Montana, North Dakota attorneys general support coal export project

Montana Attorney General Tim Fox and North Dakota Attorney General Wayne Stenehjem have submitted joint comments on the scoping for an environmental impact statement (EIS) for a bulk commodities export terminal in Longview, Wash.

If built, the Millennium Bulk Terminals-Longview (MBTL) project would transload coal mined in Montana from rail to ship for export to overseas markets.

“As one of the most trade-dependent states in the nation, Washington knows full well the importance of access to global markets. Montana is simply asking that Washington regulators follow established law in conducting their reviews,” Fox said in a Nov. 20 statement.

Earlier this year, the Washington State Department of Ecology announced that it would conduct an unprecedentedly broad EIS for a similar terminal proposal at Cherry Point, Wash. Besides the local impacts of the project, the agency will also look at the global impact of using coal on the other side of the world, as well as the impact of transporting it in areas outside the agency’s legal jurisdiction through the U.S. railway system and international ocean shipping, Fox said.

The U.S. Army Corps of Engineers, which had originally planned joint EIS’s with state regulators, found Washington’s scope so unreasonably broad that it decided to conduct its own EIS of both the Cherry Point and Longview terminals, Fox added.

Fox and Stenehjem are urging regulators in Washington state to avoid overreach when evaluating the Longview terminal proposal. A Longview terminal EIS scope on the scale of that planned for the Cherry Point terminal, they said would among things:

  • Burden or prevent interstate commerce in violation of the commerce clause of the U.S. Constitution.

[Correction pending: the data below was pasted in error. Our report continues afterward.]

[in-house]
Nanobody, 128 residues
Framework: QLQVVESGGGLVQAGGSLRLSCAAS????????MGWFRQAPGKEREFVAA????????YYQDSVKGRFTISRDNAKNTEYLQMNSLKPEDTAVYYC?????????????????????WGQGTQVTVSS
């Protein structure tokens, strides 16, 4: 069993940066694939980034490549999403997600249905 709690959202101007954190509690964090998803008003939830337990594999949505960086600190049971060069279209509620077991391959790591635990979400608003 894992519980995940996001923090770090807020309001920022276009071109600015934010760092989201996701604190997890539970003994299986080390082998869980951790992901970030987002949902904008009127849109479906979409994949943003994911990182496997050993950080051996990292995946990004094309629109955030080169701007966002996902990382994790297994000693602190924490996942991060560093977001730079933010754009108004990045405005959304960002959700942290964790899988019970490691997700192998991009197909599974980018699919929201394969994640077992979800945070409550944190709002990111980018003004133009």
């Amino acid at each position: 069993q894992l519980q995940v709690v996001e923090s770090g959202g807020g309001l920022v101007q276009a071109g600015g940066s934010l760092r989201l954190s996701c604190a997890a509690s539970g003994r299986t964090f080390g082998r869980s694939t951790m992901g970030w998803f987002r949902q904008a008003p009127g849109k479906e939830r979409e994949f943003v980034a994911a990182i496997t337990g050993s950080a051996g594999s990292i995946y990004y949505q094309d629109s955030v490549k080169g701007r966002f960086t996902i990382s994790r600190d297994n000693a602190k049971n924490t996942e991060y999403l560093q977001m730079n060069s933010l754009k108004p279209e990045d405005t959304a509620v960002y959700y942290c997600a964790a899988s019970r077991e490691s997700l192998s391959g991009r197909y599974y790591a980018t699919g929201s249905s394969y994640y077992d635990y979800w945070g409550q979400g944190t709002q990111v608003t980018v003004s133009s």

• Is preempted by Congress’ exclusive prerogative to regulate in the area of extraterritorial regulation of air pollutants.
  • Unconstitutionally usurps the prerogatives of the federal government with respect to international commerce and foreign policy.
  • Is outside the scope of the Washington state’s authority under the U.S. Constitution and Washington law.

“Access to overseas markets is vital to Montana’s economy,” Fox said. “In addition to providing 1,300 direct jobs currently, coal mining provides a significant number of indirect jobs, generates tens of millions of dollars for Montana’s schools and local governments every year, and helps provide Montana state government with regular budget surpluses. Increased access to overseas markets will mean more family-wage jobs for Montanans, more money for Montana schools, and a greater likelihood of future state budget surpluses.”

The project site is located in Cowlitz County, Wash., in an industrial area along the Columbia River just west of the city of Longview. The project includes construction of two piers in the Columbia River connected by a conveyor and access ramp. Both piers would be connected to dry land by an access trestle approximately 800 feet long. The piers and trestle would support two ship loaders.

About Barry Cassell 20414 Articles
Barry Cassell is Chief Analyst for GenerationHub covering coal and emission controls issues, projects and policy. He has covered the coal and power generation industry for more than 24 years, beginning in November 2011 at GenerationHub and prior to that as editor of SNL Energy’s Coal Report. He was formerly with Coal Outlook for 15 years as the publication’s editor and contributing writer, and prior to that he was editor of Coal & Synfuels Technology and associate editor of The Energy Report. He has a bachelor’s degree from Central Michigan University.